I’ve never actually worked with Tamsin, but I feel like I have because I accidentally followed her to Peterborough and Kingston, just missing her each time. When everybody else in journalism was worried about their jobs (or at least when the worry peaked in 2008), Tamsin said the hell with it. She flew to California, and walked all the way to British Columbia on the Pacific Crest Trail. Here’s why.
So when the economy had a heart attack, you took a buyout and went for a long walk. Walk me through your reasoning?
I didn’t actually take a buyout – although I applied for one. Didn’t get it, so I just left on my own.
But I’d been thinking about this hike for awhile – years actually. It was one of those things I’d always wanted to do. It was one of those: “I’ll do it one day” things that everyone always says but few people rarely follow through on. It was at the top of the list of things I was going to do when I won the lottery.
Then, as you said, the economy had a heart attack and newspapers were taking a bit of a nosedive. There were buyouts and then layoffs at my workplace and I was pretty low on the seniority list there. I figured that I didn’t actually need to win the lottery to do this hike. I did the math and it’s pretty cheap to live in the woods these days. So I figured I could spend a year fighting for my job, worried about getting laid off and worried about my future, or I could just take the plunge and go. It was like well, why isn’t today that “One Day”?
How many kilometres was it, and where exactly does it run?
It’s about 4,500 kilometres, a little more than that. It starts at the U.S./Mexico border near Campo, California, about an hour from San Diego. It goes through all of California, Oregon and Washington and then 12km into B.C. in the interior near Hope, B.C. It follows the mountains inland, not the coast.
What kind of training was involved?
There was no training whatsoever. I gained a bunch of weight beforehand, actually. I was pretty lazy. I figured I’d just walk it off and I did. The training was the first two weeks of hiking. I woke up every day stiff, sore, with my feet swollen and blistered. I felt like I’d been hit by a truck everyday. But that went away after a few weeks on the trail.
Once you got going, did you ever just want to quit?
There was never a time when I wanted to quit. A lot of people do quit, but I really started out with the goal of finishing it. I never straye from that. I had some bad days, but nothing that ever made me want to go home.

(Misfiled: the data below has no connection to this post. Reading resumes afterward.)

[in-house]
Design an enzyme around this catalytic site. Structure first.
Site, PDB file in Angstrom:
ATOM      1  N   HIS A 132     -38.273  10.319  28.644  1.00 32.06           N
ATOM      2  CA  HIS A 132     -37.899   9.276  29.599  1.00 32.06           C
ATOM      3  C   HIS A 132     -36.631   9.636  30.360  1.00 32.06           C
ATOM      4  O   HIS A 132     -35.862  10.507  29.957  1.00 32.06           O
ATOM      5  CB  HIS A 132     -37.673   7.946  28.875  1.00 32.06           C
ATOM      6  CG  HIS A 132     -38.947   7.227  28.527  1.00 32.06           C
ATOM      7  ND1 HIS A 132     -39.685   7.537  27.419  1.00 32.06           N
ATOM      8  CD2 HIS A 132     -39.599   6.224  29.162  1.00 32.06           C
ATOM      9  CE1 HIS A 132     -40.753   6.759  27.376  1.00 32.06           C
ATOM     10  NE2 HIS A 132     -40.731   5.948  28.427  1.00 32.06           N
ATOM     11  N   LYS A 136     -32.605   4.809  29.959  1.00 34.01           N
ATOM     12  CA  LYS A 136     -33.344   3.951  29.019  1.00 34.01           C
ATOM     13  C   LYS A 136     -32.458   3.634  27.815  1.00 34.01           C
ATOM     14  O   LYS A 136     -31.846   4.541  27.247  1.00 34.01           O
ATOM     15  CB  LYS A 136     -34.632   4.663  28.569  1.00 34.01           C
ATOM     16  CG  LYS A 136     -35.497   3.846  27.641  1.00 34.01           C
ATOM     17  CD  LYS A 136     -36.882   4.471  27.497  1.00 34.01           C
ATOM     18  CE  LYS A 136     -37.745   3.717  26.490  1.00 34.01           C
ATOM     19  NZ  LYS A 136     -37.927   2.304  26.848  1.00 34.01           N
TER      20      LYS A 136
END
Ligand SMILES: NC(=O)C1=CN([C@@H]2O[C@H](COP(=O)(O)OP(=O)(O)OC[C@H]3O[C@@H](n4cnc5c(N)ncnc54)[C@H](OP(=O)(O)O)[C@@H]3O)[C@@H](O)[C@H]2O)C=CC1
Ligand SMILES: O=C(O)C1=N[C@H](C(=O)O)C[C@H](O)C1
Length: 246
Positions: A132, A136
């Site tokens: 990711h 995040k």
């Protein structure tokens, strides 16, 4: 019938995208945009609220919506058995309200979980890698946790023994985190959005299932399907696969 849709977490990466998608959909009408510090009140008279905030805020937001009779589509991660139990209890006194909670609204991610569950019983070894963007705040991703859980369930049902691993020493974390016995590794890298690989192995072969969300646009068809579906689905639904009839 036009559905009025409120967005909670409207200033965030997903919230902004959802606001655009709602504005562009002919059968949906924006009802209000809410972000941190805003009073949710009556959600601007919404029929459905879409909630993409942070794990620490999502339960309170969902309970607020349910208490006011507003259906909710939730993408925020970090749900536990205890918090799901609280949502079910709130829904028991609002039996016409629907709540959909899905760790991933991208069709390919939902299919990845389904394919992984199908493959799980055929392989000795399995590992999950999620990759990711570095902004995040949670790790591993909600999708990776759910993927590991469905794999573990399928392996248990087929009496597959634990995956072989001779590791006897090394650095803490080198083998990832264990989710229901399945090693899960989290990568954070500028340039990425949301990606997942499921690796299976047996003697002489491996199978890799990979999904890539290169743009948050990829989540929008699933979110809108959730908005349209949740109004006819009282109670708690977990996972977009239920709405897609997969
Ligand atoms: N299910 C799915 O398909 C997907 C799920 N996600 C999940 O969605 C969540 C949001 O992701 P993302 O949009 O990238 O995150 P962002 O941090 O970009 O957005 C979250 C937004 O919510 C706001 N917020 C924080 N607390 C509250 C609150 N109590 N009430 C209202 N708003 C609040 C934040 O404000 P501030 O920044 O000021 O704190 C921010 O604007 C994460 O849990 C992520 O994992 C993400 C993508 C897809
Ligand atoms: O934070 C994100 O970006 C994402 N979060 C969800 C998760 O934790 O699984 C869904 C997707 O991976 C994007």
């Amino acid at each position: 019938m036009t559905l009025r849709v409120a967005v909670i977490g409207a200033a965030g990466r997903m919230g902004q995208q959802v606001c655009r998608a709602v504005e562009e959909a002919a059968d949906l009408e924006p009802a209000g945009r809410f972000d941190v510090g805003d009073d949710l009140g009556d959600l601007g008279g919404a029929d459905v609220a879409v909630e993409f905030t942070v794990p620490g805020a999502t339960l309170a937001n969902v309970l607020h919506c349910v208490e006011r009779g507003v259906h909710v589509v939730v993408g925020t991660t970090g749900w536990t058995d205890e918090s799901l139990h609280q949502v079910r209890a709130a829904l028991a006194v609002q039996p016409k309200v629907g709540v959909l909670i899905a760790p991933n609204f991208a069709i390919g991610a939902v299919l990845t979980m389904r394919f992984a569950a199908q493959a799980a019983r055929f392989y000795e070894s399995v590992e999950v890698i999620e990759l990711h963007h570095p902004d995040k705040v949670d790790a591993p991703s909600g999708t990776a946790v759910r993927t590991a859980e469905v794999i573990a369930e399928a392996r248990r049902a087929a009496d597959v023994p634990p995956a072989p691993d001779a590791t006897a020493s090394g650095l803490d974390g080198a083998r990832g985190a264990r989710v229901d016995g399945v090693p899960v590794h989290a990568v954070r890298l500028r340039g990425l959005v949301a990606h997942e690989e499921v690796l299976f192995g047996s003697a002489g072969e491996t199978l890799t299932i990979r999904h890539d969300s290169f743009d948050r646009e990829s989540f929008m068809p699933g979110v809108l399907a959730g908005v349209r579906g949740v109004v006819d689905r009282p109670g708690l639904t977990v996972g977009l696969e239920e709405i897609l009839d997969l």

There are too many good memories to put my finger on. Soaking in a secluded natural hot spring pool on a star-covered night. Summiting Mount Whitney, the tallest mountain in the lower 48, even when others turned back because of the amount of snow. Listening to the elk bugeling in the dark during a snow storm. Hiking the spectacular Goat Rocks wilderness in Northern Washington in the fall. Finishing the trail and knowing I had hiked every step of it, even after people said it was too late in the year to keep hiking, that I couldn’t make it. Hiking into Yosemite National Park on July 4th. Having ABC World News come film me hiking on the trail for a story. Crossing the Canadian border and realizing I’d started six months before by pressing my hand up against the fence at the Mexican border. I could go on. I met a guy. We’re still together. So I guess that counts as a highlight.
Even my worst memories are still fond ones. We hit some extremely cold weather in the last two weeks – snow, freezing temperatures, icy wind. I remember going through a very tough section in the Glacier Peak Wilderness of northern Washington. The trail was actually closed because it had been wiped out from a huge mudslide some years before. But apparently the detour was so overgrown that everyone just took the original trail. There were tons of huge trees that had fallen down – overturned trees with roots as tall as a building. You had to climb over each one. At one point, there was a bridge across a creek that had been washed out from the mudslides. Some crews had built a new bridge about a mile off-trail, but we just couldn’t find it. After bushwhacking and trying to scramble up the steep hill on the other side of the bridge, it got dark and we finally gave up. We camped on the bridge. It seemed like a good idea at a time, but bridges are particularly cold since there’s nothing but air rushing beneath them. It was a pretty bitter night. Everything was wet and cold. I spent the entire night exhausted and freezing. And we still had to find the trail in the morning. There was about a week of conditions like this and it was truly gruelling. Did you ever think you’d work in journalism again (she works in New Brunswick at a paper now)?
I did. The hike was never meant to be a goodbye to journalism. It was just sort of a reset I guess, a reevaluation, or just perhaps fodder for a book one day. Journalism is in my blood, so no matter where I am or what I end up doing with my life, I think it will never be too far removed from journalism.